Risk groups measured with each scoring system are often separated into two categories: lower-risk and higher-risk MDS. Generally, lower-risk MDS are likely to progress more slowly over time, not cause many or severe symptoms, and involve less intensive treatment. Higher-risk MDS are more likely to progress faster or develop into AML, cause more symptoms, and involve more intensive treatment.8,69-72

Risk Groups: Lower-risk versus Higher-risk*

Prognostic Scoring System

Lower-risk MDS

Higher-risk MDS


Very Low, Low, Intermediate

Intermediate, High, Very High


Very Low, Low, Intermediate

High, Very High

*To be interpreted with the help of a clinician skilled in the management of MDS.
IPSS-R, Revised International Prognostic Score System; MDS, myelodysplastic syndromes; WPSS, World Health Organization classification-based Prognostic Scoring System

10 Conventional Treatment

MDS treatments may include supportive care, drug therapy, and stem cell transplantation. Supportive care might involve blood transfusions, medications to increase the production of red blood cells, and antibiotics.


Chemotherapy uses different intravenous and oral drugs to kill abnormal cells or stop new ones from being made. The drugs used for MDS work in various ways and two or more agents may be used in a combination regimen. These medications can also affect normal cells, so they are given in varying cycles of treatment days followed by rest.

Low-intensity chemotherapy describes agents that are less likely to cause severe side effects. High-intensity chemotherapy is typically reserved to treat AML or before a hematopoietic cell transplant (HCT) for MDS. Two low-intensity chemotherapies are approved to treat MDS: azacitidine73-76 and decitabine.77-81 These drugs are in a class known as hypomethylating agents. They modify gene expression in abnormal cells and stunt their growth, which in turn activates genes for growth of normal, healthy cells in the bone marrow.82-85 Common side effects of hypomethylating agents are low white blood cell, platelet, or red blood cell counts and fever.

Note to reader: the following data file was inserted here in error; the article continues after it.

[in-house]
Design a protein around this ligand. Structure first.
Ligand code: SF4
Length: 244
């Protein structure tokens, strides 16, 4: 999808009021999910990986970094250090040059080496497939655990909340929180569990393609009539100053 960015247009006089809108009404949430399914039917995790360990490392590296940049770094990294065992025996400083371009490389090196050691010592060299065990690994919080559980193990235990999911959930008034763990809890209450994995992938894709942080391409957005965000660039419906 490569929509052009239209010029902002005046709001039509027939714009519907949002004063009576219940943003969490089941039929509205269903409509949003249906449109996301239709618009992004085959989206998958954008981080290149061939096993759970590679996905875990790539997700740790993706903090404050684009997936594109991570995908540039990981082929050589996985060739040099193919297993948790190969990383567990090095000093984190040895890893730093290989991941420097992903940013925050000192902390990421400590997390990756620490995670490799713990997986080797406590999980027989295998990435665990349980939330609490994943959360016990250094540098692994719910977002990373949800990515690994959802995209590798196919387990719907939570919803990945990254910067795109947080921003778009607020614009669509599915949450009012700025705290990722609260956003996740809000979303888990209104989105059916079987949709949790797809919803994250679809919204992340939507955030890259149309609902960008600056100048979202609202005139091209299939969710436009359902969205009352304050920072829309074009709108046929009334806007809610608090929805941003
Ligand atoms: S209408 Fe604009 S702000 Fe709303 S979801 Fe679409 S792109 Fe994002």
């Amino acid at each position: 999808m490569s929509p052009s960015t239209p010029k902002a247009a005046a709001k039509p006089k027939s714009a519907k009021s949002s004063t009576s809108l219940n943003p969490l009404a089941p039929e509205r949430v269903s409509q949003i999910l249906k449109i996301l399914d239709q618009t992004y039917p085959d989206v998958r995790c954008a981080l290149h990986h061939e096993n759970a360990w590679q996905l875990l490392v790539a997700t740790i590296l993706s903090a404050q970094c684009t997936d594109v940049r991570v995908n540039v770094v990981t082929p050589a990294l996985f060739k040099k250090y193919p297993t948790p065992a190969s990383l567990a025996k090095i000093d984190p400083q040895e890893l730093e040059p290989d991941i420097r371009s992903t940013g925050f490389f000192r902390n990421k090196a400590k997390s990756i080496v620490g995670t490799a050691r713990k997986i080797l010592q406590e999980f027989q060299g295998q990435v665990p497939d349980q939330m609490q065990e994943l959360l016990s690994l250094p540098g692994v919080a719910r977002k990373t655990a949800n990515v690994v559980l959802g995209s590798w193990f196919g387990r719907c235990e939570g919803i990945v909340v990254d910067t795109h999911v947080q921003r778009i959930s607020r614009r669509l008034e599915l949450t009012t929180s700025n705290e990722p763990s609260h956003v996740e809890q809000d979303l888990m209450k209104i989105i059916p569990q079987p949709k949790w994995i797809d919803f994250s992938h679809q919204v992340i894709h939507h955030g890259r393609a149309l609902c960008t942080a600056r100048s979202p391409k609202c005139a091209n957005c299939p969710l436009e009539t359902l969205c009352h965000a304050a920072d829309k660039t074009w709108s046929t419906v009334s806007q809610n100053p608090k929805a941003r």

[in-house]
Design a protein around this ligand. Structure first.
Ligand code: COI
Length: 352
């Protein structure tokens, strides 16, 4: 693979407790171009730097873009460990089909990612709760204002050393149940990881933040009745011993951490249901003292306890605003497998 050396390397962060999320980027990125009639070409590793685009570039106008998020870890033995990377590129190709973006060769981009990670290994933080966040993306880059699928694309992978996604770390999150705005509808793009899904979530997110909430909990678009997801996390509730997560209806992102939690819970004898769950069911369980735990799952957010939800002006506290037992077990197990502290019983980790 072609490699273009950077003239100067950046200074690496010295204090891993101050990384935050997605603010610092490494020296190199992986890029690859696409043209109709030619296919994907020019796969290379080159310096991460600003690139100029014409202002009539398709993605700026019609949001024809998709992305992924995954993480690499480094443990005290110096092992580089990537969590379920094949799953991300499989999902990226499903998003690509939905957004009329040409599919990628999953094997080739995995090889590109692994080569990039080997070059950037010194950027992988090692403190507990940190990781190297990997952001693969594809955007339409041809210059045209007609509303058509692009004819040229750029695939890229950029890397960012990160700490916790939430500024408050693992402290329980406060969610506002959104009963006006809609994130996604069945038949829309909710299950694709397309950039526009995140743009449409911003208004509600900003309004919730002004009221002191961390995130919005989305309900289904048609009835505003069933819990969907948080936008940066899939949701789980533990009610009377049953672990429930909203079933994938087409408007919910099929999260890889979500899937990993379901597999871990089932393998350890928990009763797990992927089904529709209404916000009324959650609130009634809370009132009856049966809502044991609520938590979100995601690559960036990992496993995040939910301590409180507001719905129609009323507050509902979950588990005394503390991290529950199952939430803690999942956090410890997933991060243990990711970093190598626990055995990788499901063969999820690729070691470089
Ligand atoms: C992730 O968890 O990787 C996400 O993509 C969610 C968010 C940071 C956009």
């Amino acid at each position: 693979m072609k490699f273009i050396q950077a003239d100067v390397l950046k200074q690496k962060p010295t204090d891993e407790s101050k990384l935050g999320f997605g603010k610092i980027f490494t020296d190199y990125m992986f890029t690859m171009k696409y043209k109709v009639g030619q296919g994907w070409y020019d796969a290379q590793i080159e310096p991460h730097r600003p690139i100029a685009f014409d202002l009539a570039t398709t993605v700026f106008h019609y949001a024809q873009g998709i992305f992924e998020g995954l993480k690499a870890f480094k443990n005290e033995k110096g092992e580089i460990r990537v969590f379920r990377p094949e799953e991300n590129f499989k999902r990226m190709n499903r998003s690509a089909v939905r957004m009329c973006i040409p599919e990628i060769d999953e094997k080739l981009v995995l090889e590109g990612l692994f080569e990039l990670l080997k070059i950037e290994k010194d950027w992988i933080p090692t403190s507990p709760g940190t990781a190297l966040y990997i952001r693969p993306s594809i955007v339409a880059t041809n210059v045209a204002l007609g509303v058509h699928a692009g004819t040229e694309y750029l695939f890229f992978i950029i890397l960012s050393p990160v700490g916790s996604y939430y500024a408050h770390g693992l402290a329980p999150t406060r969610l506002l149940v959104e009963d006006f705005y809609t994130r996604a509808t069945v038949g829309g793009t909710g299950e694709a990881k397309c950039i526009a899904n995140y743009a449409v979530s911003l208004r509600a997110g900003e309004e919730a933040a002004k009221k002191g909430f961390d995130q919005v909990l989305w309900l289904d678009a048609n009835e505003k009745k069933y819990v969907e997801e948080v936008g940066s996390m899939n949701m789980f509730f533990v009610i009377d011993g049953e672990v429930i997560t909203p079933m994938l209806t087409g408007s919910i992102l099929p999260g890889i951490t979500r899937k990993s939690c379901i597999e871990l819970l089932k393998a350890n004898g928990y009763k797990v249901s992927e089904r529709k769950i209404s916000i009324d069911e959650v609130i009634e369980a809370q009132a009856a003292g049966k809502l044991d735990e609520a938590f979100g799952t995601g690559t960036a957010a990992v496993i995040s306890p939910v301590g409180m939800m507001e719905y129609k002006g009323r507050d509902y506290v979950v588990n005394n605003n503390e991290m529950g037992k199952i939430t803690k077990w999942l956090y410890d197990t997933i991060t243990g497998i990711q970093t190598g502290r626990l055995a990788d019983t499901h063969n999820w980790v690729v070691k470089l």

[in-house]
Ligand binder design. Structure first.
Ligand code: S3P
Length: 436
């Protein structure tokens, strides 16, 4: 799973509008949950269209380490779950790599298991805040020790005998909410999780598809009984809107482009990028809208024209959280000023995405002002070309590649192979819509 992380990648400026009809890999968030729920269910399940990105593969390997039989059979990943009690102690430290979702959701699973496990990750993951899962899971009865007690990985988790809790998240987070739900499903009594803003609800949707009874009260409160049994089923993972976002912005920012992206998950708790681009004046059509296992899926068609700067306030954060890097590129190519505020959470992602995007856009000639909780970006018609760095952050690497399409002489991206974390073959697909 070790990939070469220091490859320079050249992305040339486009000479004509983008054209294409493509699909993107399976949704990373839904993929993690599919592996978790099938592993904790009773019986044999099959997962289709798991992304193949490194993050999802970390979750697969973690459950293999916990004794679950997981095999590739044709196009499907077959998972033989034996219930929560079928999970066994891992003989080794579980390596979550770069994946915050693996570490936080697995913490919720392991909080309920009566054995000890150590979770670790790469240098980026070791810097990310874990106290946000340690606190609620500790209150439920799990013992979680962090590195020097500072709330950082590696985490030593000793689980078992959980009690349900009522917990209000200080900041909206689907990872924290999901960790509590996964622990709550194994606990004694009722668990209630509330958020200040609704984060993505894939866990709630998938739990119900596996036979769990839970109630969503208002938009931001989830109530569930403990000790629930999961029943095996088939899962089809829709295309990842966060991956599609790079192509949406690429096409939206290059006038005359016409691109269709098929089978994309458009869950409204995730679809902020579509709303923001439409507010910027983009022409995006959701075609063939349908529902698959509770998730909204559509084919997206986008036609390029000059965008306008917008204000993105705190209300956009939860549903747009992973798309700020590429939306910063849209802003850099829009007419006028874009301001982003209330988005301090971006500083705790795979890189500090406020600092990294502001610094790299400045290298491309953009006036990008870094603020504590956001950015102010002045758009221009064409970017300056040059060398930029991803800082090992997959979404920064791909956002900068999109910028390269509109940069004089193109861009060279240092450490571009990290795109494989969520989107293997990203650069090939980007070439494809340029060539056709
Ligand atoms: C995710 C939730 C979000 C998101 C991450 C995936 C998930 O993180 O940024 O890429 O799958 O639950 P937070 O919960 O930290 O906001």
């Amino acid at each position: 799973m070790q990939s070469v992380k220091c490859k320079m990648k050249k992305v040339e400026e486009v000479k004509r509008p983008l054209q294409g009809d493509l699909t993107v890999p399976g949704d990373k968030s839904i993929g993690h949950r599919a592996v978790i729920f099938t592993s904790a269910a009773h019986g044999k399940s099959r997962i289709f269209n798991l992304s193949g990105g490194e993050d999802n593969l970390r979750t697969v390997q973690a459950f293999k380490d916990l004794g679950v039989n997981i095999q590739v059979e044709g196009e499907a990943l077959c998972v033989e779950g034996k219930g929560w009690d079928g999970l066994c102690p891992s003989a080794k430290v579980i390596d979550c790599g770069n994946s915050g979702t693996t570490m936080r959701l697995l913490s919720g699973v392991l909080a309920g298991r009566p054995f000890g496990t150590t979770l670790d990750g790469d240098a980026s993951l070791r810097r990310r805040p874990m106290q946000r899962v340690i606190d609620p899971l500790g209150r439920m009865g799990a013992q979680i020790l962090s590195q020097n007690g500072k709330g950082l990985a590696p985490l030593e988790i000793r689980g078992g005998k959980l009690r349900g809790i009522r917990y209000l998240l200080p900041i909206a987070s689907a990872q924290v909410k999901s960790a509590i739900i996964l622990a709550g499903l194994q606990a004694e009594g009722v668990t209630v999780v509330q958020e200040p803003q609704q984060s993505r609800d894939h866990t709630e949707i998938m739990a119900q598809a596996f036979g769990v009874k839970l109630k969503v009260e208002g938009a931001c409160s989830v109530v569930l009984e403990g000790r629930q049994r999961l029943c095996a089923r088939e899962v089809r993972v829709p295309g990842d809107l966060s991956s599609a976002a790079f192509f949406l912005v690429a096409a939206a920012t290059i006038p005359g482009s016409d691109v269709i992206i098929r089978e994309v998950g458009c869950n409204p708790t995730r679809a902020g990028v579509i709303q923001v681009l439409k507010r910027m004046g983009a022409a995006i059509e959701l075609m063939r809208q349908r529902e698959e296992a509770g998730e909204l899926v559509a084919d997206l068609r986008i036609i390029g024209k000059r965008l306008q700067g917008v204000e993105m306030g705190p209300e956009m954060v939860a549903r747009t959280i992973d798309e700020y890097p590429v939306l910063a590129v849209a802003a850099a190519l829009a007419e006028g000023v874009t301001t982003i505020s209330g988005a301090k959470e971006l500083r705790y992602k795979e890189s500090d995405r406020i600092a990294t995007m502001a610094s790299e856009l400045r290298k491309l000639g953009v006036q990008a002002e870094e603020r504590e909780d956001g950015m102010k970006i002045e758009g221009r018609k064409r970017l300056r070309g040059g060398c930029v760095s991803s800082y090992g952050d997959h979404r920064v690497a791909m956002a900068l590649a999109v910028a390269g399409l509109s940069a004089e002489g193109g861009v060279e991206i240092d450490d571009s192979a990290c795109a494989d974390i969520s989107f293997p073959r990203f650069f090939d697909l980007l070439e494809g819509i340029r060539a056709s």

Immunosuppressive Therapy

With some types of MDS, the immune system attacks bone marrow tissue. Anti-thymocyte globulin (ATG) [equine] and cyclosporine are immunosuppressive drugs used for MDS. They suppress parts of the immune system to prevent damage to bone marrow.86-89

Cyclosporine inhibits an enzyme called calcineurin, preventing it from activating T cells and thereby restraining the immune system. Side effects might include increased blood pressure and elevated potassium levels. Vaccinations may be less effective in people taking cyclosporine, and it is important to avoid live attenuated vaccines while taking cyclosporine.

ATG is an antibody that stifles the immune system by eliminating certain types of white blood cells from the bloodstream. It may cause fever, chills, rash, low platelet or white blood cell counts, and joint pain. In certain situations, ATG and cyclosporine are used in combination.8


Lenalidomide is approved to treat MDS with cells that are missing part of chromosome 5, or del(5q). It supports the immune system by preventing the release of proteins that signal for inflammation and promoting development of T cells. This in turn helps bone marrow make normal cells and kill abnormal cells.90-100 Lenalidomide may be useful in some patients without del(5q) as well.101 In treating MDS, some of the common side effects of lenalidomide are low platelet and white blood cell counts, itching or rash, joint pain, and fever.

Targeted Therapy

Targeted therapies, like imatinib mesylate, are drugs that target unique features of cancer cells, and thus may be less likely to affect normal cells. A tyrosine kinase inhibitor (TKI), imatinib targets proteins that help cancer cells grow and is used especially in CMML expressing PDGFRβ gene mutations.8,64-66 Examples of common side effects include swelling, nausea and vomiting, muscle cramps, and musculoskeletal pain.

Allogeneic Hematopoietic Cell Transplant